Coach, Don't Criticize

In our book, Juggling Elephants we point out that, "The relationship between the ringmaster and the performers affects the success of the circus." One key area of building or tearing down your relationship with the other performers in your circus is how well are you providing feedback or correcting others when a mistake is made. Do you tend to coach or do you just criticize?

When mistakes are made, emotions tend to be added to the dynamic of the situation. You may be mad, frustrated or confused that the mistake was made. The person that made the mistake might be embarrassed, discouraged, defensive or oblivious. Your natural tendency might be to just quickly point out the mistake, tell them to fix the problem and then move on. Addressing a mistake poorly can just add fuel to an already smoldering fire. Turning your back and not taking advantage of the moment to teach or help others improve is just being selfish.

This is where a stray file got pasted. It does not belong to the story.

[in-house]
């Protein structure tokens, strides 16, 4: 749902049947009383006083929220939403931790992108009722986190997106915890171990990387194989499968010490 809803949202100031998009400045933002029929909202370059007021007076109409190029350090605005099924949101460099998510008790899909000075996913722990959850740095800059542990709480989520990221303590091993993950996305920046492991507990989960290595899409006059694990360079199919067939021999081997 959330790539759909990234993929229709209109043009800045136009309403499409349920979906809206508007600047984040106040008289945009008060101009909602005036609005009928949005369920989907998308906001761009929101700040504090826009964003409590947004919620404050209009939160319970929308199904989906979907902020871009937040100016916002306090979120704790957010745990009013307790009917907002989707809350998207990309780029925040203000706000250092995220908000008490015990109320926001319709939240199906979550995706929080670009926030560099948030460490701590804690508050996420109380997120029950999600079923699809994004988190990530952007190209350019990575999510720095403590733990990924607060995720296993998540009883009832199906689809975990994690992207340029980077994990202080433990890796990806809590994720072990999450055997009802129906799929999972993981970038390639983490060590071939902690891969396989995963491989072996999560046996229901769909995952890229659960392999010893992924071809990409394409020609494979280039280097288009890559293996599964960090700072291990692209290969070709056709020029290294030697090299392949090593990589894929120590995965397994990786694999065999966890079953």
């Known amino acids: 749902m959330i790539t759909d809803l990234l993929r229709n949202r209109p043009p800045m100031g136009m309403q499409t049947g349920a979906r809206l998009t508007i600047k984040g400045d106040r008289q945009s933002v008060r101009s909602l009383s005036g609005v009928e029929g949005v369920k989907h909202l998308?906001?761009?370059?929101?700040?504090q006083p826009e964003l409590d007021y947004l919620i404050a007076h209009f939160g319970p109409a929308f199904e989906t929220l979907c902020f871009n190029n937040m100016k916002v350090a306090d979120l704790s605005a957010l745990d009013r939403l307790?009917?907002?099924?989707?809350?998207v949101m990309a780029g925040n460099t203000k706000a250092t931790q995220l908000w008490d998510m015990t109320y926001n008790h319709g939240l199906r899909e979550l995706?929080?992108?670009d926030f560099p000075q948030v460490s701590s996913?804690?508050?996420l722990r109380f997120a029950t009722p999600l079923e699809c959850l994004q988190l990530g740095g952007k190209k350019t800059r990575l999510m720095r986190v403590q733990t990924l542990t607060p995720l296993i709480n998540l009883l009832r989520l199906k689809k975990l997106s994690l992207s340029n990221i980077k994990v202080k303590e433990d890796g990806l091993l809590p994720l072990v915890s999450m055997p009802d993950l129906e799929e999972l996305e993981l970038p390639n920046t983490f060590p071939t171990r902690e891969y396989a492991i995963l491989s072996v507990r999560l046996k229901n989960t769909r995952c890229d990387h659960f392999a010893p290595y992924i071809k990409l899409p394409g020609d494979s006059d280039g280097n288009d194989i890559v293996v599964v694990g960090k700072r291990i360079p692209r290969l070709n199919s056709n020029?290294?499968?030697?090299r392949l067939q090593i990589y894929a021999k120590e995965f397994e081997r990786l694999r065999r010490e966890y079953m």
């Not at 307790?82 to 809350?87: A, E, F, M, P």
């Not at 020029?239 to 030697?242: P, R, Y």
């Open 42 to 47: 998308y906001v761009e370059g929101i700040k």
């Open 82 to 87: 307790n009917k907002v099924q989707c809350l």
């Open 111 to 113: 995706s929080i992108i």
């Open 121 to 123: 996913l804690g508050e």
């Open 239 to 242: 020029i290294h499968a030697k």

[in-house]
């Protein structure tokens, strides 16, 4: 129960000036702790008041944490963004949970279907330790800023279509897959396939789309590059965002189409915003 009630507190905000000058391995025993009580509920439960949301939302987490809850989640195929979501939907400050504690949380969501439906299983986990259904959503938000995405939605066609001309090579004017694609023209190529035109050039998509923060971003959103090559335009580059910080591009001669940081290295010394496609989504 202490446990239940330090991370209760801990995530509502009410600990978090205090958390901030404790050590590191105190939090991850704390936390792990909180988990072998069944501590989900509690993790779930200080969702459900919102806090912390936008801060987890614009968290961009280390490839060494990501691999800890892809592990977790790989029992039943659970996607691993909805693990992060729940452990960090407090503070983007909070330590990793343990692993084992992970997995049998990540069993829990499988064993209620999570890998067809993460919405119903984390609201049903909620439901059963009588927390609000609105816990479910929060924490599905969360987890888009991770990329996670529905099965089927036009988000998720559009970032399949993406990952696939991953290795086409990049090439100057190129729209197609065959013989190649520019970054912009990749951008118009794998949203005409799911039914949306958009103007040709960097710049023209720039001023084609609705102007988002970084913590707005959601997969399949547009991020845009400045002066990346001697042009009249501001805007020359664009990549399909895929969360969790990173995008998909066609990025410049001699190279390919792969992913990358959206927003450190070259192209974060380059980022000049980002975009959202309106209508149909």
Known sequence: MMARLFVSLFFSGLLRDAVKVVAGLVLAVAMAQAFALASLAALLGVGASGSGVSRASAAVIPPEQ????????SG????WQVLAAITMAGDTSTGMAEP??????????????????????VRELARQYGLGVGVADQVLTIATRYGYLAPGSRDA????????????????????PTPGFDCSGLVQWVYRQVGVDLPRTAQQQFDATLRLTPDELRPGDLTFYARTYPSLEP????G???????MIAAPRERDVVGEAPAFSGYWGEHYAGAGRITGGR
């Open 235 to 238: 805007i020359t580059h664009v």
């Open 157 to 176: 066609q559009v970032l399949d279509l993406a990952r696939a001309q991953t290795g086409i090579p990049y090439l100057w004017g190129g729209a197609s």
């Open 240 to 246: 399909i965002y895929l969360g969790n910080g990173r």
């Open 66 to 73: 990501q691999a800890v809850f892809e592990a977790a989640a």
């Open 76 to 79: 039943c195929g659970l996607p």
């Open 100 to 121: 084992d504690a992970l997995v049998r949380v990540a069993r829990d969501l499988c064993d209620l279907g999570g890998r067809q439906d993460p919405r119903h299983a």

There are plenty of critics out there pointing out what is wrong with something and then conveniently moving on. Next time that you see the opportunity for improvement consider the following:

  • Stop. It is easy to ignore an opportunity to coach

  • Think. Don't jump into a potentially flammable situation without taking the time necessary to properly organize your thoughts

  • Listen. How did the mistake happen? What were the causes? What is their side of the story?

  • Teach. Share knowledge, experience and how to...

  • Discuss. Work together to come up with a potential third alternative on how to improve and keep the mistake from happening again
It would be nice if there were more coaches that are in it "for the season" and who not only point out the problem, but also help create a solution. Be the coach and not the critic.